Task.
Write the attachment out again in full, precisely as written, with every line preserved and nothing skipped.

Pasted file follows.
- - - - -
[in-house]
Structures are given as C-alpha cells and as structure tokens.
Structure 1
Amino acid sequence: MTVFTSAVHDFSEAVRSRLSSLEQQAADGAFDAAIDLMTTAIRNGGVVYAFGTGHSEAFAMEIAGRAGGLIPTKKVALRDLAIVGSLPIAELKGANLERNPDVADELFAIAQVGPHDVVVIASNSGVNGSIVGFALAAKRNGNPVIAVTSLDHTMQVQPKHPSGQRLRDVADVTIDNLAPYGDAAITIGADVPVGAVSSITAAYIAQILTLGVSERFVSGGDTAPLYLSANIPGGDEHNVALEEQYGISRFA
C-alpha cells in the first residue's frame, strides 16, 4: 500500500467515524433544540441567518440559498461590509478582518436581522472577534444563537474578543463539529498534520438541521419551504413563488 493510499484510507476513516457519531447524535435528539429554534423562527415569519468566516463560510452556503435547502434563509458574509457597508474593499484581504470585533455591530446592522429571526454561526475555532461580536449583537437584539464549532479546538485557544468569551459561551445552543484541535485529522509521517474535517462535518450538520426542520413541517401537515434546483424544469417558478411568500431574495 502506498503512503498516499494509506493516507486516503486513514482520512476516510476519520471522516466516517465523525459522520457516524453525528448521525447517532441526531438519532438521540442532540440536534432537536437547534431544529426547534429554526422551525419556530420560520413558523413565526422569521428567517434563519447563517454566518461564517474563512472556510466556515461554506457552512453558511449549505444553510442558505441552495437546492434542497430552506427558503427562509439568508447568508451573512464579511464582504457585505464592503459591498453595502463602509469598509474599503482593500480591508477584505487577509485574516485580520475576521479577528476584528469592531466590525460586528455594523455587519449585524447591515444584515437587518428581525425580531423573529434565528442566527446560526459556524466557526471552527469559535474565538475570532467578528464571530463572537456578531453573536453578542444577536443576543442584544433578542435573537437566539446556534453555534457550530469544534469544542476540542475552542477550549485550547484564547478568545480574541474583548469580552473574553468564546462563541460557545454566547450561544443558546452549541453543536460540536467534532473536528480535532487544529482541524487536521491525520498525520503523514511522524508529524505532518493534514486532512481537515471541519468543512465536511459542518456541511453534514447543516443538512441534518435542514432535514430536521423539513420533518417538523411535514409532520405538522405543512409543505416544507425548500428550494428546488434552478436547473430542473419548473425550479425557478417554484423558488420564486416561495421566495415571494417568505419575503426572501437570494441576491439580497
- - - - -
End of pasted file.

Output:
[in-house]
Structures are given as C-alpha cells and as structure tokens.
Structure 1
Amino acid sequence: MTVFTSAVHDFSEAVRSRLSSLEQQAADGAFDAAIDLMTTAIRNGGVVYAFGTGHSEAFAMEIAGRAGGLIPTKKVALRDLAIVGSLPIAELKGANLERNPDVADELFAIAQVGPHDVVVIASNSGVNGSIVGFALAAKRNGNPVIAVTSLDHTMQVQPKHPSGQRLRDVADVTIDNLAPYGDAAITIGADVPVGAVSSITAAYIAQILTLGVSERFVSGGDTAPLYLSANIPGGDEHNVALEEQYGISRFA
C-alpha cells in the first residue's frame, strides 16, 4: 500500500467515524433544540441567518440559498461590509478582518436581522472577534444563537474578543463539529498534520438541521419551504413563488 493510499484510507476513516457519531447524535435528539429554534423562527415569519468566516463560510452556503435547502434563509458574509457597508474593499484581504470585533455591530446592522429571526454561526475555532461580536449583537437584539464549532479546538485557544468569551459561551445552543484541535485529522509521517474535517462535518450538520426542520413541517401537515434546483424544469417558478411568500431574495 502506498503512503498516499494509506493516507486516503486513514482520512476516510476519520471522516466516517465523525459522520457516524453525528448521525447517532441526531438519532438521540442532540440536534432537536437547534431544529426547534429554526422551525419556530420560520413558523413565526422569521428567517434563519447563517454566518461564517474563512472556510466556515461554506457552512453558511449549505444553510442558505441552495437546492434542497430552506427558503427562509439568508447568508451573512464579511464582504457585505464592503459591498453595502463602509469598509474599503482593500480591508477584505487577509485574516485580520475576521479577528476584528469592531466590525460586528455594523455587519449585524447591515444584515437587518428581525425580531423573529434565528442566527446560526459556524466557526471552527469559535474565538475570532467578528464571530463572537456578531453573536453578542444577536443576543442584544433578542435573537437566539446556534453555534457550530469544534469544542476540542475552542477550549485550547484564547478568545480574541474583548469580552473574553468564546462563541460557545454566547450561544443558546452549541453543536460540536467534532473536528480535532487544529482541524487536521491525520498525520503523514511522524508529524505532518493534514486532512481537515471541519468543512465536511459542518456541511453534514447543516443538512441534518435542514432535514430536521423539513420533518417538523411535514409532520405538522405543512409543505416544507425548500428550494428546488434552478436547473430542473419548473425550479425557478417554484423558488420564486416561495421566495415571494417568505419575503426572501437570494441576491439580497